Seeing as it is no simple task to find a company with the right mix of good management, competitive products, and attractive long-term markets, I understand why investors are slow to give up on companies that feature these attributes. All the same, it looks like the Street has already looked past this lull in Cummins' (NYSE:CMI) business. Not only is the stock up about 15% over the past year and within 10% of its all-time high, but today's valuation already presumes a pretty solid future outlook with respect to growth.

First Quarter Results Reflect The Global Slowdown

If investors hadn't already gotten the message from companies like Caterpillar (NYSE:CAT), Eaton (NYSE:ETN), Navistar (NYSE:NAV), or Volvo (Nasdaq:VOLVY), Cummins drove home that the global vehicle, industrial power, and energy markets are seeing tough times.

Cummins reported that revenue fell about 12% from the year-ago period and a further 9% from the fourth quarter, missing the Street average of estimates by a small margin. The weakness was worst in the company's largest business (engines), as revenue fell 19%, with heavy duty trucks, medium duty trucks, industrial, and stationary power sales all down by double digits (27%, 15%, 17%, and 23%, respectively). Cummins' power gen business held up better (down 4%), while components fell 7% and distribution revenue was flat.

As a company that drives significant operating leverage when revenue is strong, that leverage cuts the other way in slowdowns. To that end, gross margin fell almost two and a half points, and missed the Street average estimate by more than a point. Operating income fell more than a third, and the company missed average expectations for operating margin, but if this proves to be the bottom an operating margin above 10% (10.6%) is actually pretty encouraging. 

SEE: Analyzing Operating Margins

Will Energy Become More Significant For Cummins?

Cummins has changed a lot over the past decade, and almost all for the better as the company actually gained market share in its core vehicle engines business. Looking ahead, the company has made it clear that emerging markets growth in its core engines business is a priority. I also wonder, though, whether more activity in energy is in the cards.

Investors don't seem to talk about it much, but companies like Caterpillar, Eaton, Allison (NYSE:ALSN), and Cummins have meaningful presences in the energy sector. For Cummins, it is worth close to 10% of revenue, though weakness in the North American well servicing market has certainly slowed things down.

Looking ahead, though, the company will be launching the huge new “Hedgehog” engine with an eye toward growing its addressable market in the energy sector (as well as other market sectors). I don't expect Cummins to become an energy company, but I think investors shouldn't lose sight of the opportunities Cummins has to bring its core technologies to markets like energy, rail, and general industrial.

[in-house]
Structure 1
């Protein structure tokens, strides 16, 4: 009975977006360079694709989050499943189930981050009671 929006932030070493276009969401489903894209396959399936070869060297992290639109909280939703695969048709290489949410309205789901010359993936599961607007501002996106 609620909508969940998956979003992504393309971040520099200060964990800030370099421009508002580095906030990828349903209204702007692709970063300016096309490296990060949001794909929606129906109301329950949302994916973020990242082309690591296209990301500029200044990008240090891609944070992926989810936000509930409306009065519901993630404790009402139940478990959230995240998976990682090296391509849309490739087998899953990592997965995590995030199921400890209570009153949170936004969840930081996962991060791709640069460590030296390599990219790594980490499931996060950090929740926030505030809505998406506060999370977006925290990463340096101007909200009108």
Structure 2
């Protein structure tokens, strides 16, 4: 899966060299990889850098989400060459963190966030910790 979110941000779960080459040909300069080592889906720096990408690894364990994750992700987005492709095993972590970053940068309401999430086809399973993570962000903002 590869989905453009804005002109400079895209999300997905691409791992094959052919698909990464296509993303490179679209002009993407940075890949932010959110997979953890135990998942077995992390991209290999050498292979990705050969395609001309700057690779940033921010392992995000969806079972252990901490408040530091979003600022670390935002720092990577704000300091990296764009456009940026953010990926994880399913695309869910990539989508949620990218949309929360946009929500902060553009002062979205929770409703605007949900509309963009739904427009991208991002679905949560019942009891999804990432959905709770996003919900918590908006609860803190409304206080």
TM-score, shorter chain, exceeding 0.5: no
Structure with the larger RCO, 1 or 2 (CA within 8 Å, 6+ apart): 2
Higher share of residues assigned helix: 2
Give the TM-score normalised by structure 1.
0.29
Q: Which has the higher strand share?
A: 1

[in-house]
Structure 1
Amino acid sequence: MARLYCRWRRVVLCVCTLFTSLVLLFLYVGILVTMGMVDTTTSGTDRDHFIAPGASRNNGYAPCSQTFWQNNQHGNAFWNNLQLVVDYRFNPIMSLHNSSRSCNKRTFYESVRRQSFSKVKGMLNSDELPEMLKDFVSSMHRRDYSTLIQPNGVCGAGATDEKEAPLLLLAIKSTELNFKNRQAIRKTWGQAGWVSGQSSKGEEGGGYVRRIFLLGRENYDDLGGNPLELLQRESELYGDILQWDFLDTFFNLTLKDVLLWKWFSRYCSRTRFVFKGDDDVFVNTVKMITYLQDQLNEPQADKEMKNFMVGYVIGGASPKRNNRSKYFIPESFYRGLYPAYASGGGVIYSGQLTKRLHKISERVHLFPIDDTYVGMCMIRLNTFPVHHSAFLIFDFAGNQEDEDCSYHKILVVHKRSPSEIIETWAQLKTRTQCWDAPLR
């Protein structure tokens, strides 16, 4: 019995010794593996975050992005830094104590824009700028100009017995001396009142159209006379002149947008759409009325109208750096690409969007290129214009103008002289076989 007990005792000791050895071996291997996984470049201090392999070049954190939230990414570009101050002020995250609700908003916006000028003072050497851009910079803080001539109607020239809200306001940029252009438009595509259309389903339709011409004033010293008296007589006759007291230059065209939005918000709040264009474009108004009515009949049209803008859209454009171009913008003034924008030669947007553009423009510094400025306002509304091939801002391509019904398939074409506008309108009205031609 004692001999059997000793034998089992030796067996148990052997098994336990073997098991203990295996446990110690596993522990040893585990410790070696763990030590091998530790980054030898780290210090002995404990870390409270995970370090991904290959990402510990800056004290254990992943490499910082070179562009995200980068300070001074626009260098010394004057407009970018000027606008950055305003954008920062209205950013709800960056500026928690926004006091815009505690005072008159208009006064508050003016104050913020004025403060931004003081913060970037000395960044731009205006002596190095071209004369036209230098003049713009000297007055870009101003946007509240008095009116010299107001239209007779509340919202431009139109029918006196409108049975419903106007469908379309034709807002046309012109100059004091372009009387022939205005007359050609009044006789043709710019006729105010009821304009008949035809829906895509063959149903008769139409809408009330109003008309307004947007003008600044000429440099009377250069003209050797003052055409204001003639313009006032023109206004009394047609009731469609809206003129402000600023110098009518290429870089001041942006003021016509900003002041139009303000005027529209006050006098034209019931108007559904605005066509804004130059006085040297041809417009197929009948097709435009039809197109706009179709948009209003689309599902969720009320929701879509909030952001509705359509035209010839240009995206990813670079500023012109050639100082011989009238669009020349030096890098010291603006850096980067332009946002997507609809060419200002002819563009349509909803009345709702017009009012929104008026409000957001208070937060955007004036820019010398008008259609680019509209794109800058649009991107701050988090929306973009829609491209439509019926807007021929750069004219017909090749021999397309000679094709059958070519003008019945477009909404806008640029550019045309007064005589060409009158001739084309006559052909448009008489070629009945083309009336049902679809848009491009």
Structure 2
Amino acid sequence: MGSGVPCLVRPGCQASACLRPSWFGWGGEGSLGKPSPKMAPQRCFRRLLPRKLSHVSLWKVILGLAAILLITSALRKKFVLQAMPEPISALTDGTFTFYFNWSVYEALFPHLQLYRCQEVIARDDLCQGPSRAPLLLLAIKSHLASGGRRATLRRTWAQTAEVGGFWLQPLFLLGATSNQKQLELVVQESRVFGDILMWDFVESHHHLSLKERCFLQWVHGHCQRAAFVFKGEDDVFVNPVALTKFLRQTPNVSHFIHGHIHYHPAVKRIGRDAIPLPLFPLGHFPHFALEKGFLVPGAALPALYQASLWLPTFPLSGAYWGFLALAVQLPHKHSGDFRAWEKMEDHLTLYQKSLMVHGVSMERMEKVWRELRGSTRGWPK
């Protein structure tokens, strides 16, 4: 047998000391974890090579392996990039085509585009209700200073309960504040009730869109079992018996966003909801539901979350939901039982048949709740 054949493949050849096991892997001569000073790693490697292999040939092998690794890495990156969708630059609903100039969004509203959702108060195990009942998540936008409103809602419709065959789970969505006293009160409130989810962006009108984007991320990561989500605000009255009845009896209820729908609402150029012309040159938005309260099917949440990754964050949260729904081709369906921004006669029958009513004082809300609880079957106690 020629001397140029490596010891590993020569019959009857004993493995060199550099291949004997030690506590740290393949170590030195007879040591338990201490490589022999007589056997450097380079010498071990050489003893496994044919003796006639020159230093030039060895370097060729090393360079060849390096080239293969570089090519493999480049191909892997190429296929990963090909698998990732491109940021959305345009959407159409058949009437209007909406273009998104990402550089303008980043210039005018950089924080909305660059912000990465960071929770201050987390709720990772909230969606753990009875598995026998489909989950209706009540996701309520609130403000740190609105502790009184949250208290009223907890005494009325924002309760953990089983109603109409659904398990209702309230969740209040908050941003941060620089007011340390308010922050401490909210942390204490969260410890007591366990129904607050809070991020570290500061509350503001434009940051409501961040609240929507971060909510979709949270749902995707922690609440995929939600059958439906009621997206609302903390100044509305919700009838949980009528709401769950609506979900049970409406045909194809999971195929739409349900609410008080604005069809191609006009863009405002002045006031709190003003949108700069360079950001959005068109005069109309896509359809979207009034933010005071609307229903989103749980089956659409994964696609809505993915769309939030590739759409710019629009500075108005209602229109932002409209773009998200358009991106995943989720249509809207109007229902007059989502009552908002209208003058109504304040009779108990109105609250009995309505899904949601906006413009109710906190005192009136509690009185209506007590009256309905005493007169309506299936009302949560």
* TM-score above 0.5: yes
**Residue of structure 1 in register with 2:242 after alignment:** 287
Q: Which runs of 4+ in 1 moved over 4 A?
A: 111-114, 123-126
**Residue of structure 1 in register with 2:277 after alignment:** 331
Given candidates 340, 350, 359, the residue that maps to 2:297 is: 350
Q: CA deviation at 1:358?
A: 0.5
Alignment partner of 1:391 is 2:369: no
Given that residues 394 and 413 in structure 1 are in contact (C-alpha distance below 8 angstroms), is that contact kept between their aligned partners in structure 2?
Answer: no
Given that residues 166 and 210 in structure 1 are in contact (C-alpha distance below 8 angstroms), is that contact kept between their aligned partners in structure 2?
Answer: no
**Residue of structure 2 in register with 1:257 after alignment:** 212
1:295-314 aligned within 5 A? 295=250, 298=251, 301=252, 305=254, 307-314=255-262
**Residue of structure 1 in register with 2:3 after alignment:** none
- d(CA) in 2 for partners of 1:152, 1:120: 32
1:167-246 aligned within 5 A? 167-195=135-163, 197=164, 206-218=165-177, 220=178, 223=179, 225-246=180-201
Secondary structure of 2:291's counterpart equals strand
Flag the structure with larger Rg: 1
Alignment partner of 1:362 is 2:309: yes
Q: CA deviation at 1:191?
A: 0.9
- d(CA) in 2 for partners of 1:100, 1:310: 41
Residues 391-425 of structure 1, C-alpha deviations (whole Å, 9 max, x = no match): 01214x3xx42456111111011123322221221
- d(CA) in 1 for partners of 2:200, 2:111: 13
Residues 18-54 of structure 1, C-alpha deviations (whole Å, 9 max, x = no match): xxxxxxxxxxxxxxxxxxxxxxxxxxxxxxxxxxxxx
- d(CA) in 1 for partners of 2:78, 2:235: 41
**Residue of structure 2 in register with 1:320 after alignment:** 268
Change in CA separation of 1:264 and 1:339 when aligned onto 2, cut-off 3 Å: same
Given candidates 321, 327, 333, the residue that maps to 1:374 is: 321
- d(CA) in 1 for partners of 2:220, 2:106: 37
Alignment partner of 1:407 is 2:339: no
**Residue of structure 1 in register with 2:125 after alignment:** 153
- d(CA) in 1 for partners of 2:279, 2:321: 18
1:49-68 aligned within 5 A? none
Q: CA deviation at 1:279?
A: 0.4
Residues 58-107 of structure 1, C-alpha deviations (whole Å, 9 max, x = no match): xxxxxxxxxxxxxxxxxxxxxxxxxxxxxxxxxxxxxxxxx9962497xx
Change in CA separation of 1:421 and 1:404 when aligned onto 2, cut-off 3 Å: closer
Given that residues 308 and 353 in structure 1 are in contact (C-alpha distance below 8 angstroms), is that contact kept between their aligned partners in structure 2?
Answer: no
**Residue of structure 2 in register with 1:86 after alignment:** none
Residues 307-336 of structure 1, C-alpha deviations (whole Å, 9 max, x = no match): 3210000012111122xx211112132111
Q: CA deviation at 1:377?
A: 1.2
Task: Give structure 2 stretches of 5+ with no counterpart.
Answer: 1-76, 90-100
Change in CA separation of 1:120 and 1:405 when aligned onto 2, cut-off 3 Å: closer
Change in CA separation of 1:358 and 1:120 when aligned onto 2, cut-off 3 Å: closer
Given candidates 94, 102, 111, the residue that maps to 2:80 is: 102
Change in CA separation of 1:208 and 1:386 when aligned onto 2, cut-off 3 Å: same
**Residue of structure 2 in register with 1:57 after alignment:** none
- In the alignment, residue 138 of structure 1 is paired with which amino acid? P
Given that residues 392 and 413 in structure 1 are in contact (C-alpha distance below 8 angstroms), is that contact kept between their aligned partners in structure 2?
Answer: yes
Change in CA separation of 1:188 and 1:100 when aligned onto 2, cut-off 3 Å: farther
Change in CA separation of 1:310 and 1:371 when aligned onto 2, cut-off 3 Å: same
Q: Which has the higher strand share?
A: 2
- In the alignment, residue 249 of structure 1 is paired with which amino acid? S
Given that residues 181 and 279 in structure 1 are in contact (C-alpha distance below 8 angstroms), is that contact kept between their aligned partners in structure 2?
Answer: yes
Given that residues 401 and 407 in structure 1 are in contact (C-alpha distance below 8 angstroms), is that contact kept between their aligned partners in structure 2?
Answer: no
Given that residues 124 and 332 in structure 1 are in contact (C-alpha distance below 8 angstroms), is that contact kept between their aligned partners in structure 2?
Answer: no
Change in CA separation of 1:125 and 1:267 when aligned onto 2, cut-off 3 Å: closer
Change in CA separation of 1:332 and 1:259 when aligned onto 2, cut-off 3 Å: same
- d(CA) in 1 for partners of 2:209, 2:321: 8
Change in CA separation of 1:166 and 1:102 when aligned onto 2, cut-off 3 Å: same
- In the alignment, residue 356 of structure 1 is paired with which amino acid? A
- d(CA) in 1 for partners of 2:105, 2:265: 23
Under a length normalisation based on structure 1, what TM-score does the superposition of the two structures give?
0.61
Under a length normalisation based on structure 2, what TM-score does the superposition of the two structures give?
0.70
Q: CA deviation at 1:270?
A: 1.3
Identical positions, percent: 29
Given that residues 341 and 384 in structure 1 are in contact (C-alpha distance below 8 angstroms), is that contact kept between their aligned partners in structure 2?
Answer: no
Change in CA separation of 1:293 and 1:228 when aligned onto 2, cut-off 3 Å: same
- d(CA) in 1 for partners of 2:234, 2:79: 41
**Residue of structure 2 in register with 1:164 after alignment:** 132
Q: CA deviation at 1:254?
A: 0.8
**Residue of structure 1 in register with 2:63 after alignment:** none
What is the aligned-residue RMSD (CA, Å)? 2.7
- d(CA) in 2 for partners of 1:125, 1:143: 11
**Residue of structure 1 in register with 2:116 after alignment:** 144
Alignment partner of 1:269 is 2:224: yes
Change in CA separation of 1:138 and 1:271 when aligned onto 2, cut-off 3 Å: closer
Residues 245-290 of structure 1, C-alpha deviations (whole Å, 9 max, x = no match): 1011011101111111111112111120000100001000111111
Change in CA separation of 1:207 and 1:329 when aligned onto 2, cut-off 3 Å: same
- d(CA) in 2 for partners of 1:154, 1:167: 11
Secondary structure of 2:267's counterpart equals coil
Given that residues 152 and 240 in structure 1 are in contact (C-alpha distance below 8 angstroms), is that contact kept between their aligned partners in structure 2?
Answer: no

SEE: Key Ratios For Analyzing Oil And Gas Stocks Tutorial

Trucking Is Going To Be An Up And Down Market

Some analysts and investors seemed to get lulled by the latest bull run in heavy equipment into thinking that markets like trucking/commercial vehicles, mining, and construction aren't still deeply cyclical markets. I think that thesis has been put to bed (until the next time...), but that's not to say that there isn't more growth to be had.

It's true that countries like China, Brazil, and India are going to see more trucks on their roads in the coming years. It's also true that a conversion to natural gas or other alternative fuels could lead to meaningful business for Cummins in the coming years.

All of that said, though, investors should get carried away with their growth expectations. Even if Navistar's recent efforts to develop its own engines went badly wrong (and the company came back at least partially to Cummins), others are going to try again sooner or later. Likewise, companies like Daimler and Volvo are both going to look at emerging markets like China as growth opportunities for themselves as well, to say nothing of local players like China Yuchai (NYSE:CYD). So while I do believe that Cummins will win its share of business, it's not going to win *all* of the business out there.

The Bottom Line
It's not surprising for a company searching for a cyclical bottom, but there is a wide range of analyst estimates for Cummins earnings over the next few years. That sort of spread often points to above-average volatility (for good or bad) as investors dial in their expectations.

SEE: Manage Your Clients’ Expectations

For my part, I'm looking for Cummins to grow revenue at a mid-single digit rate for the long term, with a recovery from this lull powering a low-to-mid-teens free cash flow growth rate. Were the company to find real success in new non-vehicle markets, there could certainly be some upside to the revenue figure (though perhaps at the cost of some margin). That works out to a fair value near $120. Although I usually like a wider margin of error before buying, Cummins is too popular to really hope for much more. While there is definitely a chance that the recovery in demand takes longer (and pushes down results, estimates, and the stock price in the meantime), investors should realize that this stock often snaps back quickly, so investors waiting for a pullback will need to move quickly if and when it happens.

At the time of writing, Stephen D. Simpson did not own shares in any of the companies mentioned in this article.

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